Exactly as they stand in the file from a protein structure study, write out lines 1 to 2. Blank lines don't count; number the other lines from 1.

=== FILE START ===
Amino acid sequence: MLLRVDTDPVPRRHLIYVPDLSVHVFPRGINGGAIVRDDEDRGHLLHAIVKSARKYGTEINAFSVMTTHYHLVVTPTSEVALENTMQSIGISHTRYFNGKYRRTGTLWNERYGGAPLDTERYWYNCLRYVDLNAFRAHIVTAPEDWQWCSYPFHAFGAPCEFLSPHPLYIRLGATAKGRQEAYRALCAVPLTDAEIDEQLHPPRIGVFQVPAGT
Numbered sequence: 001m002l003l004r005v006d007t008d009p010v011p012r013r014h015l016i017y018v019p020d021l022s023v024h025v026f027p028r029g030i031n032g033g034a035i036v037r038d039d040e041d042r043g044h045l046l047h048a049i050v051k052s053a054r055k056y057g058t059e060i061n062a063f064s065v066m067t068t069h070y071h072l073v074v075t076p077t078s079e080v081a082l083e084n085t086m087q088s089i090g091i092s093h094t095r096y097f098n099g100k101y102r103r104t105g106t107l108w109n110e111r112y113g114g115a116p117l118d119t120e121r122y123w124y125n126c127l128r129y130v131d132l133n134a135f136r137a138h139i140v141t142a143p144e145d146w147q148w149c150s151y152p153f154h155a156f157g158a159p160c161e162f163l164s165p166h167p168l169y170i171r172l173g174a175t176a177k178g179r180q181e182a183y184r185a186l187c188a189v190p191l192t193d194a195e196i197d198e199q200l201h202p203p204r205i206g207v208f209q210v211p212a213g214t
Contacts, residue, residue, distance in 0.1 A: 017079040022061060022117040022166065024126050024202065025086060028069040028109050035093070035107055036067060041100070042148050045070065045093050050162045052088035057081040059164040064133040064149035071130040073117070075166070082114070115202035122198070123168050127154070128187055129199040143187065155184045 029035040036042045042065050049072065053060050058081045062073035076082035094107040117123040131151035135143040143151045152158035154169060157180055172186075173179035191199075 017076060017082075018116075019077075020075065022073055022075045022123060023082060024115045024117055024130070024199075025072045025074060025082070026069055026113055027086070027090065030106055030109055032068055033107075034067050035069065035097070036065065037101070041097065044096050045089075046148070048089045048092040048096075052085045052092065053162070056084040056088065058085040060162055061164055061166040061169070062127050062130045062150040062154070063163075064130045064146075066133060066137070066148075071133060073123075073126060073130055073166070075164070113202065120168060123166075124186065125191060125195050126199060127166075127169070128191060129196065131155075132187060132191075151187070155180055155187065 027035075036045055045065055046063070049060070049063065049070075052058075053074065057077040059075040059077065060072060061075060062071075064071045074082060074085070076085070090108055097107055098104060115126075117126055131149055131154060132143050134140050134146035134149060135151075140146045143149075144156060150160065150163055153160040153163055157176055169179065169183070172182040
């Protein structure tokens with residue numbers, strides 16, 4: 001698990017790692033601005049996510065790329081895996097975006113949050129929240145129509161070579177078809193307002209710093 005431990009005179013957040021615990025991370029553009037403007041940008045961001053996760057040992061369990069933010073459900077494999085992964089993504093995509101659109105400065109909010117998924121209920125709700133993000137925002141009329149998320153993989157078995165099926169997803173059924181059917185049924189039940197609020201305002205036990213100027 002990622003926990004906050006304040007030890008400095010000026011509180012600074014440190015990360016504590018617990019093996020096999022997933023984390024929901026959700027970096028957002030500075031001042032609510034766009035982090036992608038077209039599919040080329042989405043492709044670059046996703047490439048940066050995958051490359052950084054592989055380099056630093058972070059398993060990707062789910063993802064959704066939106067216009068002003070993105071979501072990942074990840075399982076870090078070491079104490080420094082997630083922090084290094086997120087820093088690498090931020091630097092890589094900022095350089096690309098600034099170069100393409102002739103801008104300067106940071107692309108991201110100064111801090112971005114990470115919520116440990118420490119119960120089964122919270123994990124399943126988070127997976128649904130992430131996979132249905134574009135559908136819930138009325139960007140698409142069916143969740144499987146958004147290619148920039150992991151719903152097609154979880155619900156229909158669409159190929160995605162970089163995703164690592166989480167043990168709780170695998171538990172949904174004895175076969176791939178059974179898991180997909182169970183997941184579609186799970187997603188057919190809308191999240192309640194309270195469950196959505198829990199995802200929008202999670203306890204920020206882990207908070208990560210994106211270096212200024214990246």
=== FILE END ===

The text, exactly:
Amino acid sequence: MLLRVDTDPVPRRHLIYVPDLSVHVFPRGINGGAIVRDDEDRGHLLHAIVKSARKYGTEINAFSVMTTHYHLVVTPTSEVALENTMQSIGISHTRYFNGKYRRTGTLWNERYGGAPLDTERYWYNCLRYVDLNAFRAHIVTAPEDWQWCSYPFHAFGAPCEFLSPHPLYIRLGATAKGRQEAYRALCAVPLTDAEIDEQLHPPRIGVFQVPAGT
Numbered sequence: 001m002l003l004r005v006d007t008d009p010v011p012r013r014h015l016i017y018v019p020d021l022s023v024h025v026f027p028r029g030i031n032g033g034a035i036v037r038d039d040e041d042r043g044h045l046l047h048a049i050v051k052s053a054r055k056y057g058t059e060i061n062a063f064s065v066m067t068t069h070y071h072l073v074v075t076p077t078s079e080v081a082l083e084n085t086m087q088s089i090g091i092s093h094t095r096y097f098n099g100k101y102r103r104t105g106t107l108w109n110e111r112y113g114g115a116p117l118d119t120e121r122y123w124y125n126c127l128r129y130v131d132l133n134a135f136r137a138h139i140v141t142a143p144e145d146w147q148w149c150s151y152p153f154h155a156f157g158a159p160c161e162f163l164s165p166h167p168l169y170i171r172l173g174a175t176a177k178g179r180q181e182a183y184r185a186l187c188a189v190p191l192t193d194a195e196i197d198e199q200l201h202p203p204r205i206g207v208f209q210v211p212a213g214t